Clinical management of brain metastasis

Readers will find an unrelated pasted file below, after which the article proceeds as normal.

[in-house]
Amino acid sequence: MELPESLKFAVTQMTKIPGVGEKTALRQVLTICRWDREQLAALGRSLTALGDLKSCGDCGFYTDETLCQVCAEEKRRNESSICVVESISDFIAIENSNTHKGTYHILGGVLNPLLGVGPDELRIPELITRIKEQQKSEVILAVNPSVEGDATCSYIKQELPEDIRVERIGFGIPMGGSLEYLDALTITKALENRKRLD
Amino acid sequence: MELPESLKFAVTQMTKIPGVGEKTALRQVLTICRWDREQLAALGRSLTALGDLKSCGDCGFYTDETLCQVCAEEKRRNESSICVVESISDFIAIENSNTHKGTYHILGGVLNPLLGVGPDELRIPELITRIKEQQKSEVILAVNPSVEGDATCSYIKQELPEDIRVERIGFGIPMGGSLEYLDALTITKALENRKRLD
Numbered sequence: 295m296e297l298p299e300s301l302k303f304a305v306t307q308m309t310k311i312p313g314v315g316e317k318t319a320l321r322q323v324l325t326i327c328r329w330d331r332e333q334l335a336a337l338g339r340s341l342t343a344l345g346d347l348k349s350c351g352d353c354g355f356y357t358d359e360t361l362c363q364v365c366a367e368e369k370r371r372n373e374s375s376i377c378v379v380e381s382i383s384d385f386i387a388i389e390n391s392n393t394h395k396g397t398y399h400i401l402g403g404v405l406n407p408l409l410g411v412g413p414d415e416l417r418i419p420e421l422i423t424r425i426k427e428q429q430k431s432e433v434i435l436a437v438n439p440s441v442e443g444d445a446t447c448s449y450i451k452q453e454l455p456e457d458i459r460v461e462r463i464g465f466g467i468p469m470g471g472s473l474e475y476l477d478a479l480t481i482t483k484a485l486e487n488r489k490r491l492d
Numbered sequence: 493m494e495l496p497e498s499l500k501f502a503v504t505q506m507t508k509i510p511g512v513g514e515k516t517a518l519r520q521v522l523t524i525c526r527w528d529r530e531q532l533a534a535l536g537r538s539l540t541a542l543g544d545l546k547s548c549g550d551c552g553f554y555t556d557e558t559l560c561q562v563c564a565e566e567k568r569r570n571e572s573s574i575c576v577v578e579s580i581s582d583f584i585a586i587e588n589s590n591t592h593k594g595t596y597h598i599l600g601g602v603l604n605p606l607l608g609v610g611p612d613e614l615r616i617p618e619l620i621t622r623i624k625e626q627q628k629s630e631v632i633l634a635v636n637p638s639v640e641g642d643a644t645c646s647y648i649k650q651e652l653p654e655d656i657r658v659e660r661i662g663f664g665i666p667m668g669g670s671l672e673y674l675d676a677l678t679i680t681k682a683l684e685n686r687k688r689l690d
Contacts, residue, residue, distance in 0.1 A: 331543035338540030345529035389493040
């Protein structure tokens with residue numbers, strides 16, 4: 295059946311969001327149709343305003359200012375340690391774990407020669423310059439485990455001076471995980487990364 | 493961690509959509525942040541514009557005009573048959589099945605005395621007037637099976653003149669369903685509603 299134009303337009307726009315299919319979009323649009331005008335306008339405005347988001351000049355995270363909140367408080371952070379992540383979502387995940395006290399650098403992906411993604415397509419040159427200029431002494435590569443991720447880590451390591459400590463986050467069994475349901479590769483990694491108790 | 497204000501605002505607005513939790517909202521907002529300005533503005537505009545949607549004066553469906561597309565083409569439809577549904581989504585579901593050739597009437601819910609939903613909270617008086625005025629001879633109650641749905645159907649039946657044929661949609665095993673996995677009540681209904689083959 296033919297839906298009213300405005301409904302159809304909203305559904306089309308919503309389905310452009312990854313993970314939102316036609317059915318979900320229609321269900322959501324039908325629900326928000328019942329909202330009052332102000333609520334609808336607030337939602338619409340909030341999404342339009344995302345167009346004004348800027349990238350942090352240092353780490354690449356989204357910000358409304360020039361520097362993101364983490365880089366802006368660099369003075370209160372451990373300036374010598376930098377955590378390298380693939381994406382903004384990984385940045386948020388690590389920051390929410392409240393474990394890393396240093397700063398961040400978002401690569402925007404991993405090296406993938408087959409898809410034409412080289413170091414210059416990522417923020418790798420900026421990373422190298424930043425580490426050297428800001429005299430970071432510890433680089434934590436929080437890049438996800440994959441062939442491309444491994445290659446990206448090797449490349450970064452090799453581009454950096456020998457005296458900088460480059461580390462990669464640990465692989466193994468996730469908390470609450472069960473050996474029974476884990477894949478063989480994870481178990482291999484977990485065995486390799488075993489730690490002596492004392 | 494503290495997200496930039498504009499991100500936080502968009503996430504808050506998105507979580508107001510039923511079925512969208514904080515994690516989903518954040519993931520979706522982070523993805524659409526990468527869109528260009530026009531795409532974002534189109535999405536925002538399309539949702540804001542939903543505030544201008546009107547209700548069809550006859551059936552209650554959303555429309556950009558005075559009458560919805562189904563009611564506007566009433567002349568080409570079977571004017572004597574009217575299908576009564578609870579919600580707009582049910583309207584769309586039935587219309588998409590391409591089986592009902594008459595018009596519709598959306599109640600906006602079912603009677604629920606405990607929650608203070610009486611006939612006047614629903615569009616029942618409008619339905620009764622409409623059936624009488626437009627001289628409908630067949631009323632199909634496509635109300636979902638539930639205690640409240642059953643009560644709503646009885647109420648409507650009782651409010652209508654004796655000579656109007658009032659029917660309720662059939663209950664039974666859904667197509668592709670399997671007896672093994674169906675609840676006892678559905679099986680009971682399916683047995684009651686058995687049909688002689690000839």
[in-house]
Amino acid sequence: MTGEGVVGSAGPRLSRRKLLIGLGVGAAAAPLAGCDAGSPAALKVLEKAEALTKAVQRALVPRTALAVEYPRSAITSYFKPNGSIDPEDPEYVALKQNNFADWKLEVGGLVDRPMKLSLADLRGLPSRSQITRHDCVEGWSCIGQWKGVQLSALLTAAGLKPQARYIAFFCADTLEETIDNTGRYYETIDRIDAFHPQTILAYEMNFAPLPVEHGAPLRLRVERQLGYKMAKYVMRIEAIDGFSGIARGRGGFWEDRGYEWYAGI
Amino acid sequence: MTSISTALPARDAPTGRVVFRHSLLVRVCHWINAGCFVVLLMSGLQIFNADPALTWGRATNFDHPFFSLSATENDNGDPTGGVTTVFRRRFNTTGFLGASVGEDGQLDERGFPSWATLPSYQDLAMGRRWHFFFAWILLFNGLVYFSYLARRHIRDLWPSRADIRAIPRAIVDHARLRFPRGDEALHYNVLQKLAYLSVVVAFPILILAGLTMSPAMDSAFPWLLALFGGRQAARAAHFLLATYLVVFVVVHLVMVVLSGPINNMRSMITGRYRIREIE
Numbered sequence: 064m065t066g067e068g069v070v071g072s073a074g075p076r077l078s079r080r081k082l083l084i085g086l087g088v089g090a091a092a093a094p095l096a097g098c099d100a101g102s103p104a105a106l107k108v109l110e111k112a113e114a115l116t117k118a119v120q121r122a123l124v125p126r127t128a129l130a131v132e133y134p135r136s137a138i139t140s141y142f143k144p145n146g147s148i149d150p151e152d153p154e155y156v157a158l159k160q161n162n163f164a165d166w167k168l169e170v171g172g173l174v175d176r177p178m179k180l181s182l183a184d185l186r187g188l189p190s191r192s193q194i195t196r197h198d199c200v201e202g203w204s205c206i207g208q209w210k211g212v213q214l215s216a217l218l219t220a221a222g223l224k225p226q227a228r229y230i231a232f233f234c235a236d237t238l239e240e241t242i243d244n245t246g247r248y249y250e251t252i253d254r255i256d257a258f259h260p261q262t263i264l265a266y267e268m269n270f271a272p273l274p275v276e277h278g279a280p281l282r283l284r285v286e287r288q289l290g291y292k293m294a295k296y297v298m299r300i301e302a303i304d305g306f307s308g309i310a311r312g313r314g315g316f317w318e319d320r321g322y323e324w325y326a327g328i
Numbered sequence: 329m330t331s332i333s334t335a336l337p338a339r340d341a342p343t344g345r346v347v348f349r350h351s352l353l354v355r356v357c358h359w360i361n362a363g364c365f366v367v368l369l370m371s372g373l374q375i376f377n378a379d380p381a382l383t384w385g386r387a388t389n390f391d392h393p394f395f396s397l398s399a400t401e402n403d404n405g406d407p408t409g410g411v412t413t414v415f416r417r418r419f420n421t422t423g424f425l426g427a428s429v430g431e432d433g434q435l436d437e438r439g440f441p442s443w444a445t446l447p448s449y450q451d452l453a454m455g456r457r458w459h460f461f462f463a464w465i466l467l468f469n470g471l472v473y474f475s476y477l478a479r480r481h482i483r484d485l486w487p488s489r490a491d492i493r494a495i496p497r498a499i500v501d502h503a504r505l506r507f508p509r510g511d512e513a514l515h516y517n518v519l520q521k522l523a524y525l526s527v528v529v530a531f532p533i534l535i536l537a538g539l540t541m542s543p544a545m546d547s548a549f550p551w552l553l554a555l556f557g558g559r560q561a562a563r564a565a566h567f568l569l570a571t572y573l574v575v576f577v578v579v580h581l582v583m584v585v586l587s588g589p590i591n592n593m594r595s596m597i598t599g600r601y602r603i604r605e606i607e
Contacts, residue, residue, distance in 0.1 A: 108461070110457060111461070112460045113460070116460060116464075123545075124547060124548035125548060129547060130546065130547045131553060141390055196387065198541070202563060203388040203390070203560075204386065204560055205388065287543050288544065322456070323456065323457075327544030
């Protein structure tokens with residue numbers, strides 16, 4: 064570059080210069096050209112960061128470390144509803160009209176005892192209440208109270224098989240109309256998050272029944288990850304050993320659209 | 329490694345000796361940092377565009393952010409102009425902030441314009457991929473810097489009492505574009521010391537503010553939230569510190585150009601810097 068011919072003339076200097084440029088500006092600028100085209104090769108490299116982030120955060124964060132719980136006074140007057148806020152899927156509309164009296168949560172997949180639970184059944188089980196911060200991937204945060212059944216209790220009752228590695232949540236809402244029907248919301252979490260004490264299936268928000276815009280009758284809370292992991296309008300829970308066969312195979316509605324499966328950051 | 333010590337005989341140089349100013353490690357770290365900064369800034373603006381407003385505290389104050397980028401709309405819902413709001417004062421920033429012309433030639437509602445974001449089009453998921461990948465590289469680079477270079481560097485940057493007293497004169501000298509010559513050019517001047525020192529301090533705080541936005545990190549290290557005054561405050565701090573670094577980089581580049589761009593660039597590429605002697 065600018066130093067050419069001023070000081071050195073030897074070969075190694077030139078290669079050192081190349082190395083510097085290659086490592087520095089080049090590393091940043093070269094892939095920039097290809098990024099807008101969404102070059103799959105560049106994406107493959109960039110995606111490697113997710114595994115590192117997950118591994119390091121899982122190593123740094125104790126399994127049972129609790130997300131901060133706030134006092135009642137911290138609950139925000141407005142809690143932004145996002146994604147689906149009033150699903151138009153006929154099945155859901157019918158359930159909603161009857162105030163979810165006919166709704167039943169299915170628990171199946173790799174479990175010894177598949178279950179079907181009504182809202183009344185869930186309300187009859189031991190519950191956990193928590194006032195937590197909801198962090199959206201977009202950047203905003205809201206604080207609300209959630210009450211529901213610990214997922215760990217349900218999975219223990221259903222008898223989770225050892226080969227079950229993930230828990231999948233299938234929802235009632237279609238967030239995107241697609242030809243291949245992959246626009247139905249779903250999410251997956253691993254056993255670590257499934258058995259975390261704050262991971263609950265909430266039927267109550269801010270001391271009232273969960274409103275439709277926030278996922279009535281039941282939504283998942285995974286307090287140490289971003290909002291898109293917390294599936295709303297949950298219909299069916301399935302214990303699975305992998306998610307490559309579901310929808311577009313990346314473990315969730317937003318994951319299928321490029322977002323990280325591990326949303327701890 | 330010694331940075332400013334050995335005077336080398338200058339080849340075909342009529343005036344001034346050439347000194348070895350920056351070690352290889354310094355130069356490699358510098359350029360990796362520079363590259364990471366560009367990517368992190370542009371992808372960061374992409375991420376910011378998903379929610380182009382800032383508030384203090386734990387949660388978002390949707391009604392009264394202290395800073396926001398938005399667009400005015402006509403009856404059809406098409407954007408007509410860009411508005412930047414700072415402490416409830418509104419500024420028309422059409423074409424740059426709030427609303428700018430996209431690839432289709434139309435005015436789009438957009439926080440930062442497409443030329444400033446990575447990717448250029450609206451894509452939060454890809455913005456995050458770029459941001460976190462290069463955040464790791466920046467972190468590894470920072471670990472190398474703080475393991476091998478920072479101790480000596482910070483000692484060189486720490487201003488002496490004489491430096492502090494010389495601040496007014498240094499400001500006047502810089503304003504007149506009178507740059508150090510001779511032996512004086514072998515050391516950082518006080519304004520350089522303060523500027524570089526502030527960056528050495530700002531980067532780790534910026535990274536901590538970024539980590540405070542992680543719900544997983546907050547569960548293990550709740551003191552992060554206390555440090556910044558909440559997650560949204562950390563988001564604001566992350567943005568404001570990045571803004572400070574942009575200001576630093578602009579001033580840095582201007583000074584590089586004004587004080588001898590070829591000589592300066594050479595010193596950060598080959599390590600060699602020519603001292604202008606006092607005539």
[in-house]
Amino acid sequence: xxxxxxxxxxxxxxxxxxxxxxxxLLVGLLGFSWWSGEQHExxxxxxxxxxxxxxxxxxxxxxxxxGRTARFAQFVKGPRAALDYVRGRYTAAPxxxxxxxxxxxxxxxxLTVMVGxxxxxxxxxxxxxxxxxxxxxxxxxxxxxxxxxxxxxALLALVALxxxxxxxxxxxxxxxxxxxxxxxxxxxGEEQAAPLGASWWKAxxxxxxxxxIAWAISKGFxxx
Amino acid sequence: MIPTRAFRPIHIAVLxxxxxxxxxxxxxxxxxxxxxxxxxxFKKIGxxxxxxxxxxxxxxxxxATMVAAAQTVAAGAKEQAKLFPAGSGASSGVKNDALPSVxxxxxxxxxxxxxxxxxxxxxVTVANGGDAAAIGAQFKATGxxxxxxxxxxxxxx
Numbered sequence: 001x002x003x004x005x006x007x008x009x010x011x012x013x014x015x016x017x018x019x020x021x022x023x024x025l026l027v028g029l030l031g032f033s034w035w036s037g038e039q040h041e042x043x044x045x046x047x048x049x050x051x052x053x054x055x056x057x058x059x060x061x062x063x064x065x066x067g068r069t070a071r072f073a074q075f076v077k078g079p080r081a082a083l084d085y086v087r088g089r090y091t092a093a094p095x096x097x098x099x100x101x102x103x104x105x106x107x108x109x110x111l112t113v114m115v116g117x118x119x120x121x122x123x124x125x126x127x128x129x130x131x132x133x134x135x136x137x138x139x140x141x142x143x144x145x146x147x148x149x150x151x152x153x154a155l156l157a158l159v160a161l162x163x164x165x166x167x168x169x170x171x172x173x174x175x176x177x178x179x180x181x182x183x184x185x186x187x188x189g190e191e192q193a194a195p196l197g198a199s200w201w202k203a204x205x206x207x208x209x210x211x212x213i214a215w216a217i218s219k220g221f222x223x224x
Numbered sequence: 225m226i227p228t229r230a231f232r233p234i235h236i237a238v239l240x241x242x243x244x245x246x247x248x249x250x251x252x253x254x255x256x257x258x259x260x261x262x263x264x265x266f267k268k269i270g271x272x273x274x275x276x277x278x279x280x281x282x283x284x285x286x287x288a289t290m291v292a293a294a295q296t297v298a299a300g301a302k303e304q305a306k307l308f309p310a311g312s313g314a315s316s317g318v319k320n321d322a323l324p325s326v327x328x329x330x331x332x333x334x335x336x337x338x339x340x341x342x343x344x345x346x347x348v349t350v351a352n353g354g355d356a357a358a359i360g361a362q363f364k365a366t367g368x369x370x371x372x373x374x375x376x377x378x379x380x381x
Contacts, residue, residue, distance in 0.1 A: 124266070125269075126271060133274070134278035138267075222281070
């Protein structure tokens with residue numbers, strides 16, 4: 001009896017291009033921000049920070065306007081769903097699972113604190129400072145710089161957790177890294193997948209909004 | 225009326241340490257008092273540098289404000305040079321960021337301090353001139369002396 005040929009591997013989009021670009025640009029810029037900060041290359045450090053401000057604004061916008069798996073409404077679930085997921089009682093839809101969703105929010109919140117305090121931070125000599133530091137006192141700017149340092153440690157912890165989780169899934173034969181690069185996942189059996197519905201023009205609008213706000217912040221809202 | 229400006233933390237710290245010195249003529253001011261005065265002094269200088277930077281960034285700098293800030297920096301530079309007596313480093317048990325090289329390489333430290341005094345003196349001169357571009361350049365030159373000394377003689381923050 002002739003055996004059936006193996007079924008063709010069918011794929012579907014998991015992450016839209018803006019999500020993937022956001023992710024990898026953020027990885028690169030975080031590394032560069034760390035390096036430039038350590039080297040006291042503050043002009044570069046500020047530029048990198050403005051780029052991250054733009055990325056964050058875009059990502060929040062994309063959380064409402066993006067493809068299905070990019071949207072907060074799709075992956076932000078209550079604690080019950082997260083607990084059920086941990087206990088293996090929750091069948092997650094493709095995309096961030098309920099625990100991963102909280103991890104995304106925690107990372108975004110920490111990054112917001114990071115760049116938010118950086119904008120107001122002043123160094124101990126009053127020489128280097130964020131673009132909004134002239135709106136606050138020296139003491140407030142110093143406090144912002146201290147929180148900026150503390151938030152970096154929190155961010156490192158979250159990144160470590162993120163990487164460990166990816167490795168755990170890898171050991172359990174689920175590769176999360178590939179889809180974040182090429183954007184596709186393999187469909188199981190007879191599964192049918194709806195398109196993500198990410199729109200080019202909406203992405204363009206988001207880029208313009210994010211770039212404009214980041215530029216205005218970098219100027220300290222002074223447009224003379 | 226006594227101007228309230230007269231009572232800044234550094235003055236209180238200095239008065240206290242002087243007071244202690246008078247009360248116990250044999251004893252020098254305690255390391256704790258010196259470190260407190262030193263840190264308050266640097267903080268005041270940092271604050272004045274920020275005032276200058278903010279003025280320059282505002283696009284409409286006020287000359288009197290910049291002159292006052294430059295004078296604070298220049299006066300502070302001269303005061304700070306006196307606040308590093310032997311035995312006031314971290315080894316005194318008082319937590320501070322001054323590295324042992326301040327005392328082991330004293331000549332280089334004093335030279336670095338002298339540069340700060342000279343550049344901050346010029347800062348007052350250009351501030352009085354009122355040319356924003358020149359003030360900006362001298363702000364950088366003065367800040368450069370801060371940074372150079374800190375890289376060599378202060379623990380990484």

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Brain metastasis is a common complication ocurring in about 15-20% of all cancer patients. For the initial management, distinguishing between three types of presentation is essential: de novo brain metastasis, simultaneous presentation of both brain metastasis and the primary tumour (usually lung carcinoma), and the presentation of a patient known to have systemic cancer developing a brain metastasis. For de novo brain metastasis, surgery is required, and detecting the primary tumour is of limited value. For simultaneous presentation, both a craniotomy and a thoracotomy may be indicated and may lead to cure in a number of cases. For a sequential presentation, the outcome is determined by a number of independent prognostic factors: age, performance status, and the extent of metastatic disease. In relatively young patients with a single brain metastasis, good performance status and no progression of systemic disease, treatment by either surgery or radiosurgery in combination with whole brain radiation therapy is indicated. Otherwise, as in multiple brain metastases, radiation therapy only is the main treatment. For symptomatic therapy of brain oedema or increased intracranial pressure, dexamethasone is administered. The standard doses of dexamethasone may vary between 4 and 16 mg/day, depending on the severity of symptoms.

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